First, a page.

Stage director Koenig: “The rehearsals have been delightful with two extremely strong casts, working hard, and laughing equally hard. I believe that creating strong ensembles is the key to successful productions, and here are two casts fully supportive of one another. It’s a magical process. … ‘Madama Butterfly’ is a big sing. No problems whatsoever. And we found a terrific child to play Trouble. … This is my first ‘Butterfly’ and is a piece that has always been on a short list I have been craving to do, so I am thrilled.

“I’ve seen different productions,” Koenig continues, “and Pinkerton always arrives in a crisp white suit, acting as if he were a highly ethical, well-mannered officer. But read what he says; three times in the first 20 minutes, he boasts that though he has bought a house and family, he can get out of the deal any day he decides. He speaks of taking women in every port and, finally, just as Butterfly enters, he toasts his future American wife. We are playing him as he is, not a bad guy but a bit of a cad.who thinks only of himself.”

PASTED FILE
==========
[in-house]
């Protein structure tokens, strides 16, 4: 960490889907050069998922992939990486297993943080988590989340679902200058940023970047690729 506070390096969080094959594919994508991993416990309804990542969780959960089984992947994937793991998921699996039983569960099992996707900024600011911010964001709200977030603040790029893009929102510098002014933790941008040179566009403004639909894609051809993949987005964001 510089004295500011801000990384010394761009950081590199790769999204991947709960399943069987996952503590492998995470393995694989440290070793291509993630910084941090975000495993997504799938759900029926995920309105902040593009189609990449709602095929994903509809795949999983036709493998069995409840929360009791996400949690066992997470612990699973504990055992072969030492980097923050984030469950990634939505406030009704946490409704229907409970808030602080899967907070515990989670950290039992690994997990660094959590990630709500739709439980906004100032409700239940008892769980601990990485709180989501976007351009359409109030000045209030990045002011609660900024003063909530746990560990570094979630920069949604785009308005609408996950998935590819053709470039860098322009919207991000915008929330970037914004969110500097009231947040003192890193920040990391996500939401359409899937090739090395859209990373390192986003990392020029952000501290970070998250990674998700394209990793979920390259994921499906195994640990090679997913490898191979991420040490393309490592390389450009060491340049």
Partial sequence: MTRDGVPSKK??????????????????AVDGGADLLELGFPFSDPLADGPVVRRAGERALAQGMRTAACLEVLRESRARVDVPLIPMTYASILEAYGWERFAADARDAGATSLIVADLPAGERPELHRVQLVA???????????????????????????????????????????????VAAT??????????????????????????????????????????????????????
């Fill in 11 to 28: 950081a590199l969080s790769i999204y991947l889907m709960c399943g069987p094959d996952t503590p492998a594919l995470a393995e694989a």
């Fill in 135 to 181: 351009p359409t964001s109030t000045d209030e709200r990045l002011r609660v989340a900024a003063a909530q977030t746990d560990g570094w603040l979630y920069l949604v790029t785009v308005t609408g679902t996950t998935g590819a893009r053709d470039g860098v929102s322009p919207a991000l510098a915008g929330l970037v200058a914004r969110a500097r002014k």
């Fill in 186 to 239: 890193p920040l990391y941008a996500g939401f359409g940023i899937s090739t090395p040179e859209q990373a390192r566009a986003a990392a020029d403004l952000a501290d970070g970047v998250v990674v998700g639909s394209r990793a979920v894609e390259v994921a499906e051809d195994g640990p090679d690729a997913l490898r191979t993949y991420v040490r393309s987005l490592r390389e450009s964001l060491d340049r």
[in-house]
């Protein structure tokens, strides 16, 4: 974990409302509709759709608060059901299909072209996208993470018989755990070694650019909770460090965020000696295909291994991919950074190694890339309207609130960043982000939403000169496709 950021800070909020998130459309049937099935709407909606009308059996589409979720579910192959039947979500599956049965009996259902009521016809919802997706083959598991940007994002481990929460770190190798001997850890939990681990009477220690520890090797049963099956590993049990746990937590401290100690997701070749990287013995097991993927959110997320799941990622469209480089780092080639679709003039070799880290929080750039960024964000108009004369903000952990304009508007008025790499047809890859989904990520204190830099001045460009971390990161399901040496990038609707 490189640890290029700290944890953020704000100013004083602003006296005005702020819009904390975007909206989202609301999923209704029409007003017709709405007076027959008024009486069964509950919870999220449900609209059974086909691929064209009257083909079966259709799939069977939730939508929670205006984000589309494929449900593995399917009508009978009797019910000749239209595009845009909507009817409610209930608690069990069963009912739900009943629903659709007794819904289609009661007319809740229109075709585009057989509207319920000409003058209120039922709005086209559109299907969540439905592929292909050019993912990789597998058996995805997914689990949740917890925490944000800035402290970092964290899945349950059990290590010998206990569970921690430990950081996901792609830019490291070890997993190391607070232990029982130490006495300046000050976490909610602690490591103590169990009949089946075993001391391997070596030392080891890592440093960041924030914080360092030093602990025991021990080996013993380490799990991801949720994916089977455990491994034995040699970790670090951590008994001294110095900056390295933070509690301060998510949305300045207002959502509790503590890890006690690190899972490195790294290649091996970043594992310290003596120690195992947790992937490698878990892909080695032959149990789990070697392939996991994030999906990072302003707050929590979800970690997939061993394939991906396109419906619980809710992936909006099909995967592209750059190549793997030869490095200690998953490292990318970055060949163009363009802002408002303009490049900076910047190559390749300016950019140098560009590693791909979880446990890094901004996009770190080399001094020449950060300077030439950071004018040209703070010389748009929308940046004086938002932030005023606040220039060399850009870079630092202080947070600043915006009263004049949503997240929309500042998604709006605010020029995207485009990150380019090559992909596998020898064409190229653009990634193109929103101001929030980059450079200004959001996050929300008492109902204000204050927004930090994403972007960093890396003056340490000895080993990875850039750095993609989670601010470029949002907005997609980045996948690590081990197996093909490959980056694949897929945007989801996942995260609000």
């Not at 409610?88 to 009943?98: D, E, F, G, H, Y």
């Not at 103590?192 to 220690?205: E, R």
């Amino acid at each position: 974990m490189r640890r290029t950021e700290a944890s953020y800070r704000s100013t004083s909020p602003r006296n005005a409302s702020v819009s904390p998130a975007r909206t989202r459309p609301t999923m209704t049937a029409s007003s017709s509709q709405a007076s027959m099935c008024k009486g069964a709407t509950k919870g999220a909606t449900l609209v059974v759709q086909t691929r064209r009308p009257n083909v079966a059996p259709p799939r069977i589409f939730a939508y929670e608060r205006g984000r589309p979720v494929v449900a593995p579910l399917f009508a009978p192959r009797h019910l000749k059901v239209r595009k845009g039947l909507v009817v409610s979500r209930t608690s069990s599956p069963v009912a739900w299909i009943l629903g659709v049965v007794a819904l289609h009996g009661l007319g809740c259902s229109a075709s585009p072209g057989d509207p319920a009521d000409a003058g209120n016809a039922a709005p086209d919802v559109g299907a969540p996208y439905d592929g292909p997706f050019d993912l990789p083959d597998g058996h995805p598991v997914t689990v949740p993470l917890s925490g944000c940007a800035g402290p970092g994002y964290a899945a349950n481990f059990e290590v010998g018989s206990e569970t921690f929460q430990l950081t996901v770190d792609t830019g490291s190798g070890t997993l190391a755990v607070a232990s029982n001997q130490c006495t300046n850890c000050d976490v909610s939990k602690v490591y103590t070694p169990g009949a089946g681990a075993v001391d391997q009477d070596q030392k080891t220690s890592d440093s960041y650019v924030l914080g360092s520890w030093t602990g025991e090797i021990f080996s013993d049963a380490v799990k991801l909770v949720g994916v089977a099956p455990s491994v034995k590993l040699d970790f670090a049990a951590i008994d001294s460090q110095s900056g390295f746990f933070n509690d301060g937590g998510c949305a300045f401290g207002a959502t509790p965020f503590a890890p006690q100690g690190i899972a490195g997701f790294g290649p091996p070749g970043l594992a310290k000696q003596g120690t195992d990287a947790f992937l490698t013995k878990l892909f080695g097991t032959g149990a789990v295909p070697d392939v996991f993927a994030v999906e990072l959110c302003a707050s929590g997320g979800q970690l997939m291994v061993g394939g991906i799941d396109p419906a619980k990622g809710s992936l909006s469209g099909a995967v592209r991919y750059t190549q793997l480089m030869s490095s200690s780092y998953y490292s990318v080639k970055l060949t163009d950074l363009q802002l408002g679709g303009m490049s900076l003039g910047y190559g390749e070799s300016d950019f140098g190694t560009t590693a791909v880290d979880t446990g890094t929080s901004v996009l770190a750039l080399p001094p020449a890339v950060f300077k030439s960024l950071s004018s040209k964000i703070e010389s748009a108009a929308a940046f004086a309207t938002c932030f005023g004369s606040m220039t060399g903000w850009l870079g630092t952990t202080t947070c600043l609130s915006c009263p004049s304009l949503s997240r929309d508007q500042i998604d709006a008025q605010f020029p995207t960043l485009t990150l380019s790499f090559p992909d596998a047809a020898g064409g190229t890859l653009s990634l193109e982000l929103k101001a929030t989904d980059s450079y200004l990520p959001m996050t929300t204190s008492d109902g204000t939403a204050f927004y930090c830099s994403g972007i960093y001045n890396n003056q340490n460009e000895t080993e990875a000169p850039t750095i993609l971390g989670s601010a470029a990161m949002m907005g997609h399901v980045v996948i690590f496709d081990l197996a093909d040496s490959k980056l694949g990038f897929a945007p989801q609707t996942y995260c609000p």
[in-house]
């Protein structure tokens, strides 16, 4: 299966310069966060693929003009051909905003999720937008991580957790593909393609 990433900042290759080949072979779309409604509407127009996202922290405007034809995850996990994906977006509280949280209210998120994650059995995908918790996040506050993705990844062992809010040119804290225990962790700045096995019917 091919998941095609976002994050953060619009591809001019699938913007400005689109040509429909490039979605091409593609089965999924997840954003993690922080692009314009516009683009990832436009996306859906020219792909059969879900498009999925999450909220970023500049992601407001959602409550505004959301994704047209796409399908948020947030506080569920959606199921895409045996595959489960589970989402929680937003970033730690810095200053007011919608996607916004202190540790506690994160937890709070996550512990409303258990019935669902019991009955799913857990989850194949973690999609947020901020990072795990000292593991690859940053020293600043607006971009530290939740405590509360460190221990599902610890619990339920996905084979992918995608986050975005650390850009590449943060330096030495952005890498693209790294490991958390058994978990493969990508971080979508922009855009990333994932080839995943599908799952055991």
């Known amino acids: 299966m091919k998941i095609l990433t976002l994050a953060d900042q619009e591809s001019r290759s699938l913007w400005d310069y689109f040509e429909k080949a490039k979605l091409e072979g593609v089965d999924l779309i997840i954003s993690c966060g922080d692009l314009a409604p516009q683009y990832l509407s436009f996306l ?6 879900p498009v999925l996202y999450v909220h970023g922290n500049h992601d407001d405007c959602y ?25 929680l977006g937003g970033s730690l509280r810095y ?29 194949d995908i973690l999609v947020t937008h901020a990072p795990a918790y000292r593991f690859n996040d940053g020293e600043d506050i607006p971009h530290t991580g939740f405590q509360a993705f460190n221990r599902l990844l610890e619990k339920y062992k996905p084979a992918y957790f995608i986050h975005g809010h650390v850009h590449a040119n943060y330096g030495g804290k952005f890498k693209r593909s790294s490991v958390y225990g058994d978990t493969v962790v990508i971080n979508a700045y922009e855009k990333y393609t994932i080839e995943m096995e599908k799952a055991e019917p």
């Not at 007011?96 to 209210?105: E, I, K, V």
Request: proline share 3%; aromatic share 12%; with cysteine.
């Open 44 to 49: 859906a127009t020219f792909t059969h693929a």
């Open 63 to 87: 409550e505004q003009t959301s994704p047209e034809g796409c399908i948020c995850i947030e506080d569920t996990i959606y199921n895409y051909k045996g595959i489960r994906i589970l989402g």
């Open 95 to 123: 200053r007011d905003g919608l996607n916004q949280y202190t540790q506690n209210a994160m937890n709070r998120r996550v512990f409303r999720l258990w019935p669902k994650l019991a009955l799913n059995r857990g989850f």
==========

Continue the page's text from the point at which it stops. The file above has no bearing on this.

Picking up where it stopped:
Scenic designer Kemp: “The opera is one of my favorites, and I loved every second of designing it for the first time. I love Puccini and, especially, ‘Butterfly,’ for the haunting melodies that get embedded deep in your soul, entrenched for days even after just a short casual listen. … For the set, we wanted to create a strikingly simple environment that is in tension between the poetically ethereal and the viscerally elemental. Transitioning the audience to the performers is a full stage strip of an illusion of water, where we find our most realistic visual: the U.S.S. Abraham Lincoln lurking in the harbor of Nagasaki.